New booster seat laws make children safer but confuse parents
Backless booster seats can’t be sold for smaller children from 1 March; parents won’t be forced to to replace old seats
Shops will stop selling backless booster seats for smaller children from 1 March, with child seats or ‘high-back boosters’ being the only option if your son or daughter weighs under 22kg, is shorter than 125cm and needs a new car seat.
But while the new rules prevent backless boosters – which are also called booster cushions – from being sold for smaller children, they don’t outlaw them: if your child currently sits in a backless booster you won’t be forced to replace it – although experts stress high-back seats are safer.
And it’s safety that’s driving these changes. Under the outgoing legislation, children weighing as little as 15kg (the average weight of a three-year-old) are allowed to sit on a backless booster cushion. Backless booster seats don’t provide as much side-impact protection in a collision, though, so a high-back booster like the one below will be the new norm for children who are under 125cm tall and weigh less than 22kg.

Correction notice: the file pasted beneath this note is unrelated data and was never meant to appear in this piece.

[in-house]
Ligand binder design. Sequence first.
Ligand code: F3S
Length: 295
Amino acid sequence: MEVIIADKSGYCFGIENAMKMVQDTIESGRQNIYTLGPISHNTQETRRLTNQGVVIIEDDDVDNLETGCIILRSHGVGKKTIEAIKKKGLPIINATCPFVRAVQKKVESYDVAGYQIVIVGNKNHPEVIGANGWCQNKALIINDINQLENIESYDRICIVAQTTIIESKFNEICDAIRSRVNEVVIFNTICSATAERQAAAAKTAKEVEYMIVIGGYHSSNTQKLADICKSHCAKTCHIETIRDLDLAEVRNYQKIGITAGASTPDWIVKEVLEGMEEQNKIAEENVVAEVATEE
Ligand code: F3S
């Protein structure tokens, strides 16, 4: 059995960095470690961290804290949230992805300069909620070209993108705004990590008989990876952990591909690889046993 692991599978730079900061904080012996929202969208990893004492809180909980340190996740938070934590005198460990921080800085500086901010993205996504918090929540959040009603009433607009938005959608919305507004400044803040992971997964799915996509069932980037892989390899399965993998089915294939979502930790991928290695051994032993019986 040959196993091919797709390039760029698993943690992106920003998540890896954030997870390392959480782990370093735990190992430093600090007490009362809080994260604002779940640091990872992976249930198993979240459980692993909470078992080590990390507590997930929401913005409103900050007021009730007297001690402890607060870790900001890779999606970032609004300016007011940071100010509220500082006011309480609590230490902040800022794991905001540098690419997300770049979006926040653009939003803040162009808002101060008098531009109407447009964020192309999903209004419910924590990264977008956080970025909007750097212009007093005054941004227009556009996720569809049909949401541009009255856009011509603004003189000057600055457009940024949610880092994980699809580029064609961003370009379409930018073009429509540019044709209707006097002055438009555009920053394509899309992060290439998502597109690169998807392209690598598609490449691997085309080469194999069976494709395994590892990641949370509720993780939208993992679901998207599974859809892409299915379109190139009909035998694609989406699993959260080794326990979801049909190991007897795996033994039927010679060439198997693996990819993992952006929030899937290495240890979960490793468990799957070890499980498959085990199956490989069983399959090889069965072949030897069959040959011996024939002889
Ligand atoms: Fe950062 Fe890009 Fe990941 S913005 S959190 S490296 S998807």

Parents are said to be largely unaware if the rule changes: a recent survey by comparison website Confused.com found only 13% fully understand the new legislation.
This isn’t the first time new child-seat legislation has led to bafflement: last year, a Carbuyer investigation found child-seat retailers at odds with official government guidance.
What should parents do?
Having two sets of rules running concurrently is perplexing, but in broad terms you must abide by the rules that were in place when you bought your child’s car seat.
Also bear in mind that while the age for backless boosters has gone up, the limits that govern the point at which children can ride in cars without any additional form of support remain unchanged. That means boys and girls over 12 years old or 135cm are allowed to travel with just a seatbelt.
If you’d like more information, visit our comprehensive guide to child-seat rules.